The FBI is investigating a Texas sheriff’s office, a woman interviewed by agents says


DALLAS (AP) — The FBI is investigating a Texas sheriff who faced complaints of corruption from his own deputies for years before drawing broader scrutiny for his agency’s response to a mass shooting, according to a woman interviewed by federal agents.

The woman said she’s twice met with a pair of FBI agents in recent months after contacting them about what she feels was the sheriff’s botched investigation of her brother’s killing. Jenifer Jones told The Associated Press the agents gathered records accusing San Jacinto County Sheriff Greg Capers and his staff of wide-ranging misconduct and told her they were looking for potential civil rights violations. During hourslong interviews, Jones said they asked specific questions about cases and events well beyond her brother’s death.

Federal investigators’ interest in the rural sheriff comes after an AP investigation found longstanding accusations that Capers has ignored deputies’ misconduct and neglected basic police work while pursuing asset seizures that boost his office’s $3.5 million budget but don’t always hold up in court.

It’s unclear how far along the FBI investigation is or when it might be concluded. Many federal investigations never result in criminal charges. An FBI spokesperson said the agency neither confirms nor denies investigations.

Capers did not directly respond to calls seeking comment, but his second-in-command said they haven’t heard from agents and that their office is always open to outside scrutiny.

“I look forward to the visit, if they’ll show up here and ask the other half of the story,” Chief Deputy Tim Kean said.

The probe follows years of complaints by the sheriff’s staff to state and federal law enforcement. Capers gained prominence in May while leading the dayslong search for a man who fatally shot five neighbors in the county, which is an hour’s drive from Houston. But he also drew criticism for initially providing inaccurate information about deputies’ response time and from some residents who said they felt neglected by and even fear the sheriff.

The time agents spent with Jones shows they have “a great deal of interest in information she’s providing,” said Michelle Lee, a retired FBI agent in Texas. She noted that’s a strong indicator of an open investigation, but warned that such probes can go on under-the-radar for years.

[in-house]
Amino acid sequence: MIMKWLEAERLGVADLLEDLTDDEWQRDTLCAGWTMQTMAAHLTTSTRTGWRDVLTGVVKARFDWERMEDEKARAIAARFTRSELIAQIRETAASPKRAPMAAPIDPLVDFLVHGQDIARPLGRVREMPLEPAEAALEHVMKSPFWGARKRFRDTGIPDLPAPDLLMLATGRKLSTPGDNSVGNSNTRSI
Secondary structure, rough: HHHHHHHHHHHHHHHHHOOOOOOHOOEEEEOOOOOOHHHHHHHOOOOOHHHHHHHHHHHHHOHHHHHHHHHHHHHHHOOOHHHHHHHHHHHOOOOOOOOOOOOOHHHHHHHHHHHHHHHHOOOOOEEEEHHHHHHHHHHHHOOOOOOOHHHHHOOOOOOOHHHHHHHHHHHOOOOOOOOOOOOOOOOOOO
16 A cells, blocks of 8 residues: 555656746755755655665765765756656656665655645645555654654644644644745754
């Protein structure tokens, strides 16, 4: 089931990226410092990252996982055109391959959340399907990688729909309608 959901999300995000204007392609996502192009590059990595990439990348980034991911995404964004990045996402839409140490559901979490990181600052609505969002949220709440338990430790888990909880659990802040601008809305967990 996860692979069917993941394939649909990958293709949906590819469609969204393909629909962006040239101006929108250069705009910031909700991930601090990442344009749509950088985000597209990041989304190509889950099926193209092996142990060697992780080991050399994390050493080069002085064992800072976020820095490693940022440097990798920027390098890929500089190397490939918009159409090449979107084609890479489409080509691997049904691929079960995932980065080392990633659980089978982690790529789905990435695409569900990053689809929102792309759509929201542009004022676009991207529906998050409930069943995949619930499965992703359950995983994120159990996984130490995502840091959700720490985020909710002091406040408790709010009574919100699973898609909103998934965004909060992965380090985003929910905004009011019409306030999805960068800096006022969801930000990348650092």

Jones, 47, said she reached out to the FBI over the summer, hoping the scrutiny of Capers following the shooting would make it easier for her to draw attention to the sheriff’s investigation into her brother’s death.

Jones’ brother, John Wayne Dodge, was fatally shot in 2020 and sheriff’s deputies arrested his son for murder. But in 2022 prosecutors dropped the case “in the interest of justice,” court records show. Jones believes another man is responsible for her brother’s death and was never adequately investigated.

San Jacinto County District Attorney Todd Dillon said information about that man was also presented to a grand jury in 2020. Dillon said that he couldn’t comment on another agency’s investigation, but that after taking office last year he concluded there wasn’t “sufficient evidence or cause to proceed” with the case against Dodge’s son.

In September, Jones said she met with two FBI agents from Bryan, Texas. During the interview, she said they indicated there might not be much they could do about Dodge’s case but asked for her help connecting them with people who may have been wronged by the sheriff.

Jones said she also gave the agents a copy of a police consultant’s report that compares the sheriff’s office to organized crime. The county leaders who paid nearly $50,000 for the report last year disregarded its recommendation to ask the Texas Rangers’ public corruption squad to investigate Capers.

Agents would consider it a “red flag” that officials ignored the conclusion of a report they paid for, Lee said.

Jones provided the names and official email addresses of the agents she met with. A law enforcement official confirmed agents with those names work for the FBI in Bryan. The person spoke on condition of anonymity because they were not authorized to talk to the media.

Jones said she met with them again in October, providing more records and contact information for other people who were interested in talking about the sheriff. She recalled one agent telling her they were looking for cases in which people’s rights were violated.

Jones said she wants county residents to know there is an outside authority they can turn to with complaints about the sheriff.

“I feel like the victims of this county have nowhere else to go,” she said.

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